Easy & Simple Steps To Get Rid Of Stains From Oak Using Bleach
Oak is regarded as one of the best & most used types of wood that provides a naturally beautiful & attractive finish for furniture or flooring. However, oak wood is susceptible to stains, due to the reason that it has high tannic acid content, which outlines a black spot as soon as it gets in contact with iron and water. A glass of water that is placed on an oak table in the absence of a coaster can leave behind a stain. You can easily get rid of these stains and bring back or re-establish the beauty of the wood by cleaning it with the help of simple household bleach.
- Fisrt of all, ventilate your working area & then put on your safety goggles as well as work gloves. After that, clean & wipe the wood with the help of denatured alcohol and a soft rag.
- The next step is to sand the surface of the oak in order to get rid of the finish.
- Now, clean the surface with the help of a degreaser to get rid of any grime or oils that may linger.
- Next, put or spread the chlorine bleach instantly to the stain with the help of a soft rag. Make sure not to mix & thin the bleach with water.
- Allow the bleach to last & persist on the stain for nearly 10 minutes before cleaning the area.
- Again, spread the bleach if stains still persist. In the case of scour-resistant stains, you may use a stiff brush.
- After that, wipe & clean the surface with the help of a damp rag and allow it to dry entirely.
- Finally, put or spread a new layer of stain or clear varnish in order to protect the wood.
How To Get Bleach Stains Out Of Bare Wood?
A bleach stain on bare wood will make the color of the wood lighter, without regard or consideration for the type of wood that was bleached. Bleach is usually used to get rid of the undesirable stains, and once breached, the wood is again stained to its original color. The term bare wood is actually an inaccurate term. Raw wood is a kind of wood not treated with any stain, coating, or finish, however, bare wood is a natural color wood either waxed, polished, or oiled.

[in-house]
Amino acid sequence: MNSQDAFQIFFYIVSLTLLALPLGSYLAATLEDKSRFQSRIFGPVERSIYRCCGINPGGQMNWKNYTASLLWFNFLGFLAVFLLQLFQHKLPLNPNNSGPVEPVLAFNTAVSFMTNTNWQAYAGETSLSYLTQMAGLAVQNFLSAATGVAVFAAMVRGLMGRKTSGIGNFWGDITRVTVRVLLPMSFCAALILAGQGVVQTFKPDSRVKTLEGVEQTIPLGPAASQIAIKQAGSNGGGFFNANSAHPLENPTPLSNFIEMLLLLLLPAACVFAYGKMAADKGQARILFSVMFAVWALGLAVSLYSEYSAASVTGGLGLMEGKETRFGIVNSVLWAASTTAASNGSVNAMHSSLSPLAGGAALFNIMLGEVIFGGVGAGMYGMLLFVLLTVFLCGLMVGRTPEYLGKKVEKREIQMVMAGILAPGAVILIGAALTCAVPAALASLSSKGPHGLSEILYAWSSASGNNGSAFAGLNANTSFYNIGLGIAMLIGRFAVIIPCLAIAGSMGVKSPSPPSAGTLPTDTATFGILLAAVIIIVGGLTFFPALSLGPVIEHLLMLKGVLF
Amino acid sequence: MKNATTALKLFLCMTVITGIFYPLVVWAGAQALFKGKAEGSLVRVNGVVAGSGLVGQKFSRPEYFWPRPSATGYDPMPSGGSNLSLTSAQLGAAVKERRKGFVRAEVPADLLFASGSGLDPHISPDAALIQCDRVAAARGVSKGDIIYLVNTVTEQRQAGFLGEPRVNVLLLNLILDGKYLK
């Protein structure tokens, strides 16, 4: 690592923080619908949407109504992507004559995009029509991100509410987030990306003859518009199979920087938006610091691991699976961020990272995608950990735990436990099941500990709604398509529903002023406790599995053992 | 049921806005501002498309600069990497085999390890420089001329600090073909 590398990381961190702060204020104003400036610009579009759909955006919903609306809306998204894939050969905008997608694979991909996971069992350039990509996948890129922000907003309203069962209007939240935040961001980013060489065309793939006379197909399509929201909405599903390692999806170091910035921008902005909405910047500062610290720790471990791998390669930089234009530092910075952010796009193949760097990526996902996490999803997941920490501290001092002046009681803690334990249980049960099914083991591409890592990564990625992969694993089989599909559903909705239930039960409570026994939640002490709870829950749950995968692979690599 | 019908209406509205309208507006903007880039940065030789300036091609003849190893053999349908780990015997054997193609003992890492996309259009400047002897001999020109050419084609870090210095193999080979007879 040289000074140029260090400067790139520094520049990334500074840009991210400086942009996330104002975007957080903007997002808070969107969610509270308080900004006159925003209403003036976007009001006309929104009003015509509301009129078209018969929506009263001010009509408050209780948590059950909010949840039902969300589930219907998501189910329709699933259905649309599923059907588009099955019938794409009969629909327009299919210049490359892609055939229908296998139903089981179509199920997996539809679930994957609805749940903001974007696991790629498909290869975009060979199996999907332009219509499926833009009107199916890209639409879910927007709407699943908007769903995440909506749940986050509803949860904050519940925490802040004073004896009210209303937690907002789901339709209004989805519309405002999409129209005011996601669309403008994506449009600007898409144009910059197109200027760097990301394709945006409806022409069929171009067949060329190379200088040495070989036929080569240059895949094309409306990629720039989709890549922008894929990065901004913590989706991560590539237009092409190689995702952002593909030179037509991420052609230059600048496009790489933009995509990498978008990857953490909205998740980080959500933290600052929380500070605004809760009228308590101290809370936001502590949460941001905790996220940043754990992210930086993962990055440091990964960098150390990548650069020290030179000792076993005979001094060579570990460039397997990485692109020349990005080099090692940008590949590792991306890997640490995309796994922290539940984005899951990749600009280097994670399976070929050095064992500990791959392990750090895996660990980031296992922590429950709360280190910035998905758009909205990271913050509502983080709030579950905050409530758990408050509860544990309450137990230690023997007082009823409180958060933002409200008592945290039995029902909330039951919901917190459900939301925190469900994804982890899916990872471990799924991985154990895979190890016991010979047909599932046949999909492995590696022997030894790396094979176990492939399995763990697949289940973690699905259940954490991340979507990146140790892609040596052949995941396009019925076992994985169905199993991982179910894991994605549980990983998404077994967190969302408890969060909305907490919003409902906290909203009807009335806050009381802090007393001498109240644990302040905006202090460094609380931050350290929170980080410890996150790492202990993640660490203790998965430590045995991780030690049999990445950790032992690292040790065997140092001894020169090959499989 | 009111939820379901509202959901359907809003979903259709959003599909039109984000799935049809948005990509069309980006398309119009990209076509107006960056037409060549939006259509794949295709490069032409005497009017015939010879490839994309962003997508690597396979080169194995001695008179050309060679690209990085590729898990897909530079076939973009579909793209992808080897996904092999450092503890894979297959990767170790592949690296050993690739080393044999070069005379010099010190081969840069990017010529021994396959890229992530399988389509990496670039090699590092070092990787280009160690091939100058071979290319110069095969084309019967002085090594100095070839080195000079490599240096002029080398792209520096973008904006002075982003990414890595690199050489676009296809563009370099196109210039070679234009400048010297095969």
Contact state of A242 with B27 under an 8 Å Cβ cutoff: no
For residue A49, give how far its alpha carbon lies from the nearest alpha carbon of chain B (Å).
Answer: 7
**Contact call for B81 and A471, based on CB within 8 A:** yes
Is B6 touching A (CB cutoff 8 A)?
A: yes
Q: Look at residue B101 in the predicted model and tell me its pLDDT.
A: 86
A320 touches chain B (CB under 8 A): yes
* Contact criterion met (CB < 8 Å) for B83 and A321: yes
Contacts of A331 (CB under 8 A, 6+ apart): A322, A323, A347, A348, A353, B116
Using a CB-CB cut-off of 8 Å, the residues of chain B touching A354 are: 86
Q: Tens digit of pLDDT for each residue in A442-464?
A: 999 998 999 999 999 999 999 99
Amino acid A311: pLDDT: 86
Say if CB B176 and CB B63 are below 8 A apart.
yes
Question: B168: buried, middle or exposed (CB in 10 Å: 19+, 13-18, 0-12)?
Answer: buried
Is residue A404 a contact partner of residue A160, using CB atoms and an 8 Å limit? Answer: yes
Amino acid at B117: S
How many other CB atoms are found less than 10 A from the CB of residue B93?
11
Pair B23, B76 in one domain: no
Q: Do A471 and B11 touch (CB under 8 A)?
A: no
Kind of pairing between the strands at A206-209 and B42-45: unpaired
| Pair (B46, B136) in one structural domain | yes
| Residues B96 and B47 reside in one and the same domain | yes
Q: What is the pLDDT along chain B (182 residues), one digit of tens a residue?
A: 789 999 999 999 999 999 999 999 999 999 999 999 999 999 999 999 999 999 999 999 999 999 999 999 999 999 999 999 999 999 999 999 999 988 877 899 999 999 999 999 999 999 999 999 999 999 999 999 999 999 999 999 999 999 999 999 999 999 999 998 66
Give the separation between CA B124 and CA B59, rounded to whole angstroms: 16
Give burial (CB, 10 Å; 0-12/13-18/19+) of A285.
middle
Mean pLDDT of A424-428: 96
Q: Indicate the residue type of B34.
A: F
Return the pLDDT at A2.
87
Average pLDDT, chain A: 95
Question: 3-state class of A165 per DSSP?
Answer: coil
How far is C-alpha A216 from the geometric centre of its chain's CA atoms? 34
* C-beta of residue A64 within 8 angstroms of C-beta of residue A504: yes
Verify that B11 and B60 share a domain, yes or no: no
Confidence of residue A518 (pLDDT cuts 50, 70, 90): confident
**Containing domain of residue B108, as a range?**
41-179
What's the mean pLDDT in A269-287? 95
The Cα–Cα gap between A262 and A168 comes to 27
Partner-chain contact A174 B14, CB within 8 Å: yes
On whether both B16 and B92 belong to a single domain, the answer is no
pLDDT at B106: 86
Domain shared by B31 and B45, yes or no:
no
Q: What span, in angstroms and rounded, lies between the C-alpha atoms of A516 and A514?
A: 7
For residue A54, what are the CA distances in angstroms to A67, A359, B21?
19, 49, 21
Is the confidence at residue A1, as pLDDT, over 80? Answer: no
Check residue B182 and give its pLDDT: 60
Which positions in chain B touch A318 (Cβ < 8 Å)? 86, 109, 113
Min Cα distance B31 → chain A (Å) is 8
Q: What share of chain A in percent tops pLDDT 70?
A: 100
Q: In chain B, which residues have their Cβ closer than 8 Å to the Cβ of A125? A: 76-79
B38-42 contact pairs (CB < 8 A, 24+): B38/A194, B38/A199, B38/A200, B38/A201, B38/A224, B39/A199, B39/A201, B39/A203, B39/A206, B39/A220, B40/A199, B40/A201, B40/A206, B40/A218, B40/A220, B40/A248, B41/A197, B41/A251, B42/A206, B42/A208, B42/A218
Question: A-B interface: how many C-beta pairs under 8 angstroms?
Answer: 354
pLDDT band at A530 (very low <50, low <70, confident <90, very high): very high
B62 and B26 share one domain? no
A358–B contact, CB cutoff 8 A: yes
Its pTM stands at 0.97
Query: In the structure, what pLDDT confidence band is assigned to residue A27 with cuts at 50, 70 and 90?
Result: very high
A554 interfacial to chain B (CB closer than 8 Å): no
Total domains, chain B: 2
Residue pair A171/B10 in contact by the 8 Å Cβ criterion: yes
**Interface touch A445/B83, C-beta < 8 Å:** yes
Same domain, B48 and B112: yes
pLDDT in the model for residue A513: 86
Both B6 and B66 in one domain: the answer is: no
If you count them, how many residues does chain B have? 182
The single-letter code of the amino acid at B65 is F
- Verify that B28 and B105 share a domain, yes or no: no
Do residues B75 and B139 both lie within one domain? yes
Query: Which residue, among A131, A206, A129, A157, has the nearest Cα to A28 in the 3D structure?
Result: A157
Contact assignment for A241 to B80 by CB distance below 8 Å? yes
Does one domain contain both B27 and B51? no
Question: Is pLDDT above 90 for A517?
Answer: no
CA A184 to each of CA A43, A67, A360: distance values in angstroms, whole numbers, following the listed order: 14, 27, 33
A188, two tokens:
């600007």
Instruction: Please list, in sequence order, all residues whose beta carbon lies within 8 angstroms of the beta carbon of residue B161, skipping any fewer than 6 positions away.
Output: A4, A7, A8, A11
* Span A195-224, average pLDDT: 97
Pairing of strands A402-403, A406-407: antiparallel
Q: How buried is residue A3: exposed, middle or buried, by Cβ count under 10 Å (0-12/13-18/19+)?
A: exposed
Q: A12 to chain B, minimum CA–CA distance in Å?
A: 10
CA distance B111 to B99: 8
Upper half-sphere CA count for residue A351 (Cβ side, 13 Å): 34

- Firstly, start sanding the bleach stain with the help of 100-grit sandpaper. Bleach always lifts the wood grain as soon as it comes across the wood. This, in turn, will allow you to sand off the bleach stain as long as you reach the actual wood color underneath it. Immediately after it has been sanded smooth, get rid of the dust using a damp rag.
- Next, again sand the bleach stain but this time with the help of 280-grit sandpaper. This will help smoothen out the stained area entirely and get rid of the remaining bleach stain. Clean the area with the help of a damp rag when finished.
- Finally, put or spread your regular brand of furniture polish, wax, or tung oil product. This will give fresh life or strength to the earlier stained area and match it up with the bare wood coloring on the remaining wooden piece. If in case there was an original stain in place that made the wooden piece have a similar appearance to bare wood, spread that stain at this time. For instance, golden oak stain on raw wood makes it appear exactly like bare wood, and it is more often than not referred to as bare wood even though it has been stained.